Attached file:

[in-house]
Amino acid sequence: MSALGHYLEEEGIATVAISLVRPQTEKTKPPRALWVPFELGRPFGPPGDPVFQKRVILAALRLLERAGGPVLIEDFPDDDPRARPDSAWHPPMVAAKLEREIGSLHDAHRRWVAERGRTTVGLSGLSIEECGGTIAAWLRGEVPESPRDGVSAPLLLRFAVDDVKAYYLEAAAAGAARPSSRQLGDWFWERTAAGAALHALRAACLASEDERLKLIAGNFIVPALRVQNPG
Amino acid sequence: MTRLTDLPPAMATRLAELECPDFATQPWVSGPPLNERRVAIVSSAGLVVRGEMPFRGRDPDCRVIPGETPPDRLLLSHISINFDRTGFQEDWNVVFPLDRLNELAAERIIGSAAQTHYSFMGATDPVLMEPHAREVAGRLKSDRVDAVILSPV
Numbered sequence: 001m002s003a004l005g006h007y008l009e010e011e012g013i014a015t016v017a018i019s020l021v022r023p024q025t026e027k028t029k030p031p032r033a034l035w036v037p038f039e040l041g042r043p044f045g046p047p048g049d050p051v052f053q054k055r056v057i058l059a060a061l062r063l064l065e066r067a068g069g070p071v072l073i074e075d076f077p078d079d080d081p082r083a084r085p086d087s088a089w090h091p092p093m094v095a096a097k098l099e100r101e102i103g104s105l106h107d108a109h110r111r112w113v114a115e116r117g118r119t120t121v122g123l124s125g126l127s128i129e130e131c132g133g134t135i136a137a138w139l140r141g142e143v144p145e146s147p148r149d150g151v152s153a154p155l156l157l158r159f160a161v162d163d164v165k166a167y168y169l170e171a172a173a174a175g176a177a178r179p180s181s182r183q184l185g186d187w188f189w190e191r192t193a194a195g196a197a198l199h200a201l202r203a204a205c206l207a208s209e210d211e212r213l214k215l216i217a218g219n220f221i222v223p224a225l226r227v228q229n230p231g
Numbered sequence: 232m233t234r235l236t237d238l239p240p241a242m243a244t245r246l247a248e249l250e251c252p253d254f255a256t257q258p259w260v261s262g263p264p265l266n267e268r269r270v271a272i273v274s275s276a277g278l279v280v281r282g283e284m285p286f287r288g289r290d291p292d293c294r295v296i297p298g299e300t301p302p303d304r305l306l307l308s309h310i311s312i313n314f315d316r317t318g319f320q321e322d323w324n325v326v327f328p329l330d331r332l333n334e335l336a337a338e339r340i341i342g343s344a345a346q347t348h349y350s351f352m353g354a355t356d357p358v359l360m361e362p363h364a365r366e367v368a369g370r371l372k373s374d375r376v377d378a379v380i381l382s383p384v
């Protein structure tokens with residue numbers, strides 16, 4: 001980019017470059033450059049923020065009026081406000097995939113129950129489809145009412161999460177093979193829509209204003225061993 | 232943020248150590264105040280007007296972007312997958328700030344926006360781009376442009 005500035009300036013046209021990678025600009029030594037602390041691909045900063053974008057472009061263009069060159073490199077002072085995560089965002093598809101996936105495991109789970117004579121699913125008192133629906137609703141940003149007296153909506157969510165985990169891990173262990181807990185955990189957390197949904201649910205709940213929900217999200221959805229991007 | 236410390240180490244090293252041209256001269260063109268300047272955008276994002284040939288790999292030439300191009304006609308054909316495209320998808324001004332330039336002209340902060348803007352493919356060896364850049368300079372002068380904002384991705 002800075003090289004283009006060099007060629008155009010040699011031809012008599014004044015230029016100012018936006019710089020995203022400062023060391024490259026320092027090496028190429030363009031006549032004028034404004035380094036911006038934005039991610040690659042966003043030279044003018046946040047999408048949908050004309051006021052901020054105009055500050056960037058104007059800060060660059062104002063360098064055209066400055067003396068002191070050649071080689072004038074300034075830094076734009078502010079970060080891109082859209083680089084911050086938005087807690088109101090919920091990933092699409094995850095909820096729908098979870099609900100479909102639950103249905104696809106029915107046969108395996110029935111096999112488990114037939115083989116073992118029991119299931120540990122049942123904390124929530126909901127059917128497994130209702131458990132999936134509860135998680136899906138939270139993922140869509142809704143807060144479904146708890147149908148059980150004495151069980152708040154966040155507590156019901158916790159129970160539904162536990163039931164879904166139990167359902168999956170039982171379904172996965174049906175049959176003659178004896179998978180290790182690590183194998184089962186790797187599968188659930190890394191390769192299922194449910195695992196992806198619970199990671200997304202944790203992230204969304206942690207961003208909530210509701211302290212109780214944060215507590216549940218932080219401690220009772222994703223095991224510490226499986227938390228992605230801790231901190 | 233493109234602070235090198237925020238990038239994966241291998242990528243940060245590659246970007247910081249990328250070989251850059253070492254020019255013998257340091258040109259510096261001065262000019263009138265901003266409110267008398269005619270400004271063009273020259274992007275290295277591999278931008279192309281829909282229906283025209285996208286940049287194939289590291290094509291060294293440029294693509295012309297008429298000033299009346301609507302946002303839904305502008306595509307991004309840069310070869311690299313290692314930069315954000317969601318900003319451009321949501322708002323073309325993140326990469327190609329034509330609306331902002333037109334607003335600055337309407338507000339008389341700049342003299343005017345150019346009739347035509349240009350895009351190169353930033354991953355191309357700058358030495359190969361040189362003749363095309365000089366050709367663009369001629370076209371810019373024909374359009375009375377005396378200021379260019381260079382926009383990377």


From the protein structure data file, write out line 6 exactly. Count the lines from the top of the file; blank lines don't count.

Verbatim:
């Protein structure tokens with residue numbers, strides 16, 4: 001980019017470059033450059049923020065009026081406000097995939113129950129489809145009412161999460177093979193829509209204003225061993 | 232943020248150590264105040280007007296972007312997958328700030344926006360781009376442009 005500035009300036013046209021990678025600009029030594037602390041691909045900063053974008057472009061263009069060159073490199077002072085995560089965002093598809101996936105495991109789970117004579121699913125008192133629906137609703141940003149007296153909506157969510165985990169891990173262990181807990185955990189957390197949904201649910205709940213929900217999200221959805229991007 | 236410390240180490244090293252041209256001269260063109268300047272955008276994002284040939288790999292030439300191009304006609308054909316495209320998808324001004332330039336002209340902060348803007352493919356060896364850049368300079372002068380904002384991705 002800075003090289004283009006060099007060629008155009010040699011031809012008599014004044015230029016100012018936006019710089020995203022400062023060391024490259026320092027090496028190429030363009031006549032004028034404004035380094036911006038934005039991610040690659042966003043030279044003018046946040047999408048949908050004309051006021052901020054105009055500050056960037058104007059800060060660059062104002063360098064055209066400055067003396068002191070050649071080689072004038074300034075830094076734009078502010079970060080891109082859209083680089084911050086938005087807690088109101090919920091990933092699409094995850095909820096729908098979870099609900100479909102639950103249905104696809106029915107046969108395996110029935111096999112488990114037939115083989116073992118029991119299931120540990122049942123904390124929530126909901127059917128497994130209702131458990132999936134509860135998680136899906138939270139993922140869509142809704143807060144479904146708890147149908148059980150004495151069980152708040154966040155507590156019901158916790159129970160539904162536990163039931164879904166139990167359902168999956170039982171379904172996965174049906175049959176003659178004896179998978180290790182690590183194998184089962186790797187599968188659930190890394191390769192299922194449910195695992196992806198619970199990671200997304202944790203992230204969304206942690207961003208909530210509701211302290212109780214944060215507590216549940218932080219401690220009772222994703223095991224510490226499986227938390228992605230801790231901190 | 233493109234602070235090198237925020238990038239994966241291998242990528243940060245590659246970007247910081249990328250070989251850059253070492254020019255013998257340091258040109259510096261001065262000019263009138265901003266409110267008398269005619270400004271063009273020259274992007275290295277591999278931008279192309281829909282229906283025209285996208286940049287194939289590291290094509291060294293440029294693509295012309297008429298000033299009346301609507302946002303839904305502008306595509307991004309840069310070869311690299313290692314930069315954000317969601318900003319451009321949501322708002323073309325993140326990469327190609329034509330609306331902002333037109334607003335600055337309407338507000339008389341700049342003299343005017345150019346009739347035509349240009350895009351190169353930033354991953355191309357700058358030495359190969361040189362003749363095309365000089366050709367663009369001629370076209371810019373024909374359009375009375377005396378200021379260019381260079382926009383990377």